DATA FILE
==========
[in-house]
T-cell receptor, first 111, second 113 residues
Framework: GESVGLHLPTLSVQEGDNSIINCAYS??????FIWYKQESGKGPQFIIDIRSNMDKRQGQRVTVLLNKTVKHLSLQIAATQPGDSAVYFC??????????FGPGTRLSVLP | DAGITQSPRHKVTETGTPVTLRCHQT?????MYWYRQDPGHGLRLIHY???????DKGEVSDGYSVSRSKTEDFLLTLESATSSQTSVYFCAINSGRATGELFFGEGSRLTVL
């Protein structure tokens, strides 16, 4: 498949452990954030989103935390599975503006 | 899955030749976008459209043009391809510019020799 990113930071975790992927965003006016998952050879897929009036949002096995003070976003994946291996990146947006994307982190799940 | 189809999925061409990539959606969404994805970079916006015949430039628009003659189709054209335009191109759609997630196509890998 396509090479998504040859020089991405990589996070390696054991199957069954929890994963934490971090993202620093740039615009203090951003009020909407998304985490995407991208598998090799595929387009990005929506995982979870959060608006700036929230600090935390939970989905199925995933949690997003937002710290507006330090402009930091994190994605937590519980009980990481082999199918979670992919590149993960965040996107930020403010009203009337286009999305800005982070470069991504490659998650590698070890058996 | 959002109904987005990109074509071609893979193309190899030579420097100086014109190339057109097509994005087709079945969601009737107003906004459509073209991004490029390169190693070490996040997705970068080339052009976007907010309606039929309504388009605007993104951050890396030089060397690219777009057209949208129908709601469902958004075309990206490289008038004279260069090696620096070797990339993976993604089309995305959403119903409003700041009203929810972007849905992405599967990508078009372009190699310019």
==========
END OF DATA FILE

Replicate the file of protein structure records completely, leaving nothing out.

[in-house]
T-cell receptor, first 111, second 113 residues
Framework: GESVGLHLPTLSVQEGDNSIINCAYS??????FIWYKQESGKGPQFIIDIRSNMDKRQGQRVTVLLNKTVKHLSLQIAATQPGDSAVYFC??????????FGPGTRLSVLP | DAGITQSPRHKVTETGTPVTLRCHQT?????MYWYRQDPGHGLRLIHY???????DKGEVSDGYSVSRSKTEDFLLTLESATSSQTSVYFCAINSGRATGELFFGEGSRLTVL
């Protein structure tokens, strides 16, 4: 498949452990954030989103935390599975503006 | 899955030749976008459209043009391809510019020799 990113930071975790992927965003006016998952050879897929009036949002096995003070976003994946291996990146947006994307982190799940 | 189809999925061409990539959606969404994805970079916006015949430039628009003659189709054209335009191109759609997630196509890998 396509090479998504040859020089991405990589996070390696054991199957069954929890994963934490971090993202620093740039615009203090951003009020909407998304985490995407991208598998090799595929387009990005929506995982979870959060608006700036929230600090935390939970989905199925995933949690997003937002710290507006330090402009930091994190994605937590519980009980990481082999199918979670992919590149993960965040996107930020403010009203009337286009999305800005982070470069991504490659998650590698070890058996 | 959002109904987005990109074509071609893979193309190899030579420097100086014109190339057109097509994005087709079945969601009737107003906004459509073209991004490029390169190693070490996040997705970068080339052009976007907010309606039929309504388009605007993104951050890396030089060397690219777009057209949208129908709601469902958004075309990206490289008038004279260069090696620096070797990339993976993604089309995305959403119903409003700041009203929810972007849905992405599967990508078009372009190699310019």